Calculated Risk has a smart bit of economic analysis on the real cost to taxpayers of the Cash for Clunkers... More

“Free-For-All Internet Media Culture” is a Euphemism For…

..., apparently, the Washington press corps. The New York Times's Peter Baker today writes about the rumored "nuptials that never... More

Mob Mentality

The Times’s mafia-and-the-stimulus angle? Whacked.

The New York Times had an interesting story on the stimulus earlier this week. Specifically, on the stimulus and—wait for... More

Today’s Number 1 and Number 2 Headlines…

... thematically, anyway. From the Wall Street Journal: "In Paris, Behavior Brigade Battles to Make Oui-Oui a Non-Non" And, from... More

The FT on the Bloat in Banking

The debate in the U.S. over how to reform the financial system has been overshadowed by the health-care hubbub. It's... More

Breaking: Bernie Madoff’s Beach House Has (Ew!) “Formica Countertops”

Reporters have been given a video walk-through of Bernie Madoff's Montauk, New York beach house. And? Not so impressed. This... More

Lazy Summer Musings from the WSJ D.C. Bureau

The Wall Street Journal wants you to know why the town halls were so rowdy this summer. Here's its stilted... More

DePaul U. Delivers On McSweeney’s “Internet-Age Writing Syllabus?”

At McSweeney's back in April, Robert Lanham unveiled his "Internet-Age Writing Syllabus and Course Overview" for (wink, wink) "ENG 371WR:... More

WaPo Develops Visual Commenting System

Conversation on the Web can be a tricky little thing for news outlets to facilitate. At their best, stories' commenting... More

“The Strangulation of the Sri Lankan Press”

From a profile of Sri Lanka's president, Mahinda Rajapaksa, written for The (UK) Independent by a "special correspondent," "a Sri... More

When Kennedy Didn’t Compromise

Lessons from the senator’s early health reform failure

I join the chorus of those who have long admired Sen. Edward M. Kennedy’s remarkable Senate career and his persistence... More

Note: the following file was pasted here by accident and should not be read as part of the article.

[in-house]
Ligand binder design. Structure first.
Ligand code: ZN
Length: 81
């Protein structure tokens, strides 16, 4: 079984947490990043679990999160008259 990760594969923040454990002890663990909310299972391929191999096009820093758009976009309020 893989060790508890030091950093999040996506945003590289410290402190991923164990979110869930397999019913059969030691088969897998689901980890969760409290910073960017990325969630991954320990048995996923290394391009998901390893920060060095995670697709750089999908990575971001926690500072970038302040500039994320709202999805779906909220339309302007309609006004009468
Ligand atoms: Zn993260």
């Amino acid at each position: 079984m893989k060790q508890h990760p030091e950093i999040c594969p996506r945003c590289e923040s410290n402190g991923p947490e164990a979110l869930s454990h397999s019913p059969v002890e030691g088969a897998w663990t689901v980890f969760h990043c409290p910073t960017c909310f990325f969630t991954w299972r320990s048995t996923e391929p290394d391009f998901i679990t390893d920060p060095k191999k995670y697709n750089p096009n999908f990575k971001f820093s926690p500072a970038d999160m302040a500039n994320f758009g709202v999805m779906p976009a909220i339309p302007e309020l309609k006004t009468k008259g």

Sex on Skates Newsstands

Gotta hand it to Levi Johnston: the dude has leveraged. He took a random and semi-awkward moment in the political... More

How Forbes got to $475 million - That’s what a Hong Kong investor has agreed to pay for a firm that two years ago had trouble paying its rent

Are female journalists up to the job of a Jill Abramson interview? - Reporters avoid unflattering discussion about her firing

How to check if that viral video is true - Journalists don’t always verify user-generated content, so readers need to learn how to verify what they see online

The Grand Dame of Florida reporting has retired twice, but she’s still causing trouble - A conversation with the Tampa Bay Times’ Lucy Morgan

Brick by brick - After years of shrinking ambition at The Washington Post, Jeff Bezos has the paper thinking global domination


Insufferable parenthetical asides, ranked (The Hairpin)

18. (strictly for the mise-en-scene)

You are now entering the demented kingdom of William T. Vollmann (TNR)

“Franzen tells a hilarious story of being a young writer in New York, meeting Vollmann, becoming fast friends, and inaugurating a draft swap. A while later, they exchanged work. Franzen gave Vollmann a dozen chiseled pages. Vollmann gave Franzen an entire novel.”

39 pieces of advice for journalists and writers of color (BuzzFeed)

“Make yourself indispensable. Dispel any rumors, however quiet, that you are just there for a ‘quota’”

Bloggingheads

Greg Marx discusses democracy and news with Tom Rosenstiel of the American Press Institute

  • If you like the magazine, get the rest of the year for just $19.95 (6 issues in all).
  • If not, simply write cancel on the bill and return it. You will owe nothing.

Who Owns What

The Business of Digital Journalism

A report from the Columbia University Graduate School of Journalism

Study Guides

Questions and exercises for journalism students.